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Touchdown for literacy (get it?)
By MIKE HALLIDAY
Shaun Alexander showed his skills as a joke teller Thursday morning to a large crowd at Northwest Church.
He should probably keep his day job.
Not that people didnt laugh. It was more laughter mixed with groaning as the Seattle Seahawks running back harvested a few acres of corn while serving as master of ceremonies at the sixth annual Literacy Celebration Breakfast for the Federal Way Education Foundation.
The annual event is a rally for community members and leaders to raise money and put time in helping children and adults learn to read and write.
The initial tally of donations was more than $54,000 a record as of Thursday afternoon, according to organizers. It is the main fund-raiser for the organization. Education Foundation officials said more donations were coming in. Also, Alexander auctioned off one of his team jerseys and two footballs with his autograph. He also signed copies of The Cat in The Hat is Back and Alexander the Great by Jarrett Mentink, Todd Beamer High Schools boys basketball coach.
Alexander is a veteran of the event, having held the MC microphone for three years. More than 240 people attended Thursday, including Federal Way School Board members, Federal Way Mayor Dean McColgan, current and former Federal Way Public Schools superintendents Tom Murphy yand Tom Vander Ark, respectively, and students in schools that have benefitted from the literacy effort.
Aside from the fund-raising and testimonials given, the foundation announced it has joined with Communities in Schools (CIS), a national organization that works to help students succeed in getting an education.
Joining with CIS will give the foundation access to more resources and learning tools and be part of a national network, said Natalie Ellington of Dominion College in Des Moines.
Shaude Moore-Vann told the crowd about how the school districts Building the Bridge summer program, which gets support from the Education Foundation. Now a freshman at Decatur High School, Moore-Vann didnt pass the state assessment test by four points. She had the option of attending summer school and chose to go.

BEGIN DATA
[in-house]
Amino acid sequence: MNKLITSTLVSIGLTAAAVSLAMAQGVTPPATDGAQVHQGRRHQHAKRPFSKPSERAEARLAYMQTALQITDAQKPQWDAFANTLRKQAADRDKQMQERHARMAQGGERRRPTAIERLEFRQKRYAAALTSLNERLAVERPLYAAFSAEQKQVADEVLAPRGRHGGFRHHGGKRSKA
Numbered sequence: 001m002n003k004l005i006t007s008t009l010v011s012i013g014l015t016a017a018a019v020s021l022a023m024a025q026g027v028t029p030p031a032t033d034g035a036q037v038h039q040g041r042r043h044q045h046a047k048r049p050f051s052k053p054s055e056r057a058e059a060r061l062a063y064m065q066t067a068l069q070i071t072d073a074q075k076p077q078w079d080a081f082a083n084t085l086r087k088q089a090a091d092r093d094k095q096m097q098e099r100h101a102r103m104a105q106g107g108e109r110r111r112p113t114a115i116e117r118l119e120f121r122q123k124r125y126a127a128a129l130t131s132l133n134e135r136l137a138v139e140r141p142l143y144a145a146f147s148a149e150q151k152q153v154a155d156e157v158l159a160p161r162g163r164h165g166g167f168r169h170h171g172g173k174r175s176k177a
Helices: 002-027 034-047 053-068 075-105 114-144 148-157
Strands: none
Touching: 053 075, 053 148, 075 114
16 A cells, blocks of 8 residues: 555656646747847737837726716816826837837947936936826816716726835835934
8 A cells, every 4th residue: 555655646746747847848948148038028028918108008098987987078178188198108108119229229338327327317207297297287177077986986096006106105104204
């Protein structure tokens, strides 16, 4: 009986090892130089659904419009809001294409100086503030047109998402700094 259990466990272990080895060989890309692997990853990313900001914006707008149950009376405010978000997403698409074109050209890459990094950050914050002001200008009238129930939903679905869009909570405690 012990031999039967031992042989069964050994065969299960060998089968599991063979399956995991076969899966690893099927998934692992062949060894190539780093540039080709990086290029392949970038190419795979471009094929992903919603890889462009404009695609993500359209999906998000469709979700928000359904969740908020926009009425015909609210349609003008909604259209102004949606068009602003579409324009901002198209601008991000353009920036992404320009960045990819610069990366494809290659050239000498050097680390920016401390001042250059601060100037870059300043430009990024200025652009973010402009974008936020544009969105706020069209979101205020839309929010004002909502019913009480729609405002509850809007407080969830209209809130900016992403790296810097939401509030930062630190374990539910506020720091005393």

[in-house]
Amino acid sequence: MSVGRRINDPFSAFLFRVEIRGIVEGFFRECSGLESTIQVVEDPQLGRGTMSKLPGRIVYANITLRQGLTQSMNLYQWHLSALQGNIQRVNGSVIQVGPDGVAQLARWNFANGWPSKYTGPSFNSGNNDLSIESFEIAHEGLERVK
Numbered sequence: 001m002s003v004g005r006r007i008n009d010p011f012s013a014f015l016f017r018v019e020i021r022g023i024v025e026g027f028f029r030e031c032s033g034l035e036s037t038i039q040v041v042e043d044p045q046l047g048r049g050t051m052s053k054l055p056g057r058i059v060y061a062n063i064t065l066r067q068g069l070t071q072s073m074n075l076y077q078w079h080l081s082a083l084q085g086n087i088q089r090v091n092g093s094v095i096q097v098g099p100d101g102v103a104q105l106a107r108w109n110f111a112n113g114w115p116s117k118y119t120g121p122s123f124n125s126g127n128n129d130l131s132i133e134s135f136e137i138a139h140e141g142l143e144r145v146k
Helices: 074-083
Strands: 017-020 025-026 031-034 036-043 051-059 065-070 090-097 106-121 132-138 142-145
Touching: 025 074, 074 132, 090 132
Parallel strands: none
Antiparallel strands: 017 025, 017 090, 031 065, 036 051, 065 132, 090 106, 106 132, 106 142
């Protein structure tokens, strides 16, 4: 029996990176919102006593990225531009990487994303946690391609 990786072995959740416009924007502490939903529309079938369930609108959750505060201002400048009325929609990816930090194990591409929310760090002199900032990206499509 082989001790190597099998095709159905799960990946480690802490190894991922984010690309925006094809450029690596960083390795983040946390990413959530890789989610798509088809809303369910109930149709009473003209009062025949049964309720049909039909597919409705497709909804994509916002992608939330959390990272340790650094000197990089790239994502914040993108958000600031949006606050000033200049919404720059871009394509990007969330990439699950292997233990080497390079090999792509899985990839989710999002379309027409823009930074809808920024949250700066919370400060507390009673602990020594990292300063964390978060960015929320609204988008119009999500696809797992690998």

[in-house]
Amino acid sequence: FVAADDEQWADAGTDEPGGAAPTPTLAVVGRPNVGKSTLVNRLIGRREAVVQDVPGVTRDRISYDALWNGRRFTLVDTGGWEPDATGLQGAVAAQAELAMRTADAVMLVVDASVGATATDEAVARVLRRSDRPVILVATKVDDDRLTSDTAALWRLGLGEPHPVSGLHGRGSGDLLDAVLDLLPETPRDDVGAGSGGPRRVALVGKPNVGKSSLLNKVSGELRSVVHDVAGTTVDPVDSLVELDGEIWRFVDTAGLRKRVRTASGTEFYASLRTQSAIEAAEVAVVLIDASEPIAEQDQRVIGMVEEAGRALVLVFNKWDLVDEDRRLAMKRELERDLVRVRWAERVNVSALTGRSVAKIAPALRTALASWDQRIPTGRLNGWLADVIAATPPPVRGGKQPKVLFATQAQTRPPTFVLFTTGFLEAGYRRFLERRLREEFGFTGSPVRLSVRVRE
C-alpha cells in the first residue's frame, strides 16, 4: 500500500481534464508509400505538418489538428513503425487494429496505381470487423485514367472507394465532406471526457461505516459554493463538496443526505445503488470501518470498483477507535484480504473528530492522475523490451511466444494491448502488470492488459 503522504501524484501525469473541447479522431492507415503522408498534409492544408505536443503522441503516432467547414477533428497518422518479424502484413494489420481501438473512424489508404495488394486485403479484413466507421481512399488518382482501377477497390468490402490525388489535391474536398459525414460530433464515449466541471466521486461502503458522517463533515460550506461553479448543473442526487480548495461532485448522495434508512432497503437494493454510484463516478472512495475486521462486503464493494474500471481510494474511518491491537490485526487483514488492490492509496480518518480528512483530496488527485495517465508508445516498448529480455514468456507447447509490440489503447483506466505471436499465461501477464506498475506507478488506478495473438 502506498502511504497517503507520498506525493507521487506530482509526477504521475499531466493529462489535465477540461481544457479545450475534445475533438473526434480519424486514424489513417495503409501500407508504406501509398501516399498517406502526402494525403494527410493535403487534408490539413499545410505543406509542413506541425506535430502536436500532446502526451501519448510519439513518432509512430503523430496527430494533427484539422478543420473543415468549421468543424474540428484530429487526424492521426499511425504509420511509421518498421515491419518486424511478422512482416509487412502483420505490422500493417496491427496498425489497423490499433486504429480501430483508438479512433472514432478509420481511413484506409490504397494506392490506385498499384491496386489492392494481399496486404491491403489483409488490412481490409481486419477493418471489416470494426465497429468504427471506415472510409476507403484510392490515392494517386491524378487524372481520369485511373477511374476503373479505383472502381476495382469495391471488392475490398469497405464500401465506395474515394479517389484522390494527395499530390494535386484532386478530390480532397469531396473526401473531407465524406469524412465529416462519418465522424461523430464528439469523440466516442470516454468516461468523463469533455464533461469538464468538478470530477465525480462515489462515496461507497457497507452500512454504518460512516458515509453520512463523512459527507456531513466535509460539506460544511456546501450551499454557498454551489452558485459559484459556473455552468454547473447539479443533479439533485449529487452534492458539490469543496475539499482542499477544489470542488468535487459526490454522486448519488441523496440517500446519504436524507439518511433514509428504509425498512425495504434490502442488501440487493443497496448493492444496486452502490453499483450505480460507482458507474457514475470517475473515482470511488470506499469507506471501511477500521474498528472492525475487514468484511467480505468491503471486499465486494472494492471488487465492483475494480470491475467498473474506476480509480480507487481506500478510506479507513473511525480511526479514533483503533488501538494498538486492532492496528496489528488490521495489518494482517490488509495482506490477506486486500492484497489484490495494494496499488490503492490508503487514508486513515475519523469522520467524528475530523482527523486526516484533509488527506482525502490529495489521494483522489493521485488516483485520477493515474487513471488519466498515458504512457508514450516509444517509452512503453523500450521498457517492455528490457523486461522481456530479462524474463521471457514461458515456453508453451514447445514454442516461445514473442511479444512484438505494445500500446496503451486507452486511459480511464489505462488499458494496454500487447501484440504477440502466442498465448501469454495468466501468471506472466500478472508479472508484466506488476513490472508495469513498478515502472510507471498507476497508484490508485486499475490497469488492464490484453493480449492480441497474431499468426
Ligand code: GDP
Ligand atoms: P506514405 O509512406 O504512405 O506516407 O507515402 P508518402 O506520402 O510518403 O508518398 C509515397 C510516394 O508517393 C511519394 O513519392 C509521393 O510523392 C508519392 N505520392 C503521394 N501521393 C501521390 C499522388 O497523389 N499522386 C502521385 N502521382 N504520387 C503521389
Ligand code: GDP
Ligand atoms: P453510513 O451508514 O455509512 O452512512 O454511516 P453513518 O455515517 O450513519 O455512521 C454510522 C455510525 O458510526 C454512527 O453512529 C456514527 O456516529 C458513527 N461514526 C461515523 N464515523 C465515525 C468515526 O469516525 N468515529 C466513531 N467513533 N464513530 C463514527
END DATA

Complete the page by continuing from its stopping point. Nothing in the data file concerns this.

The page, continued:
My mom had influenced me to attend, she said with a straight face. The crowd laughed and applauded the remark.
Moore-Vann said the summer program not only helped her but was a positive experience for her two younger brothers, ages 8 and 3. The older brother also went to summer school to improve his reading skills. Over the summer, they worked together and went to the library for books he could read. Moore-Vann said they talked about what he read and practiced with flash cards.
I became the teacher at home, she said.
Her brother is now teaching the youngest child vocabulary words and reading to him.
Alex Hernandez, a kindergarten teacher at Mark Twain Elementary School, brought one her students, Andrea Guzman, who entered her class almost two years ago not speaking any English. Today, as a first-grade student, she can read at almost the second grade level.
Murphy credited Vander Ark with starting the literacy movement in Federal Way and thanked the rest of the audience for donating.
Alexander auctioned the jersey and footballs off to the highest bidders. Tom Parsons, information technology director for Woodstone Credit Union, and Phil Spencer, a chiropractor, got into a bidding war for the jersey. Parsons came out on top with a $950 bid.
Spencer turned his sights onto one of the footballs, but was matched by Dini Duclos, chief executive officer of Multi-Service Center. Both ended up paying $400 for a ball.
Staff write Mike Halliday: 925-5565, email@example.com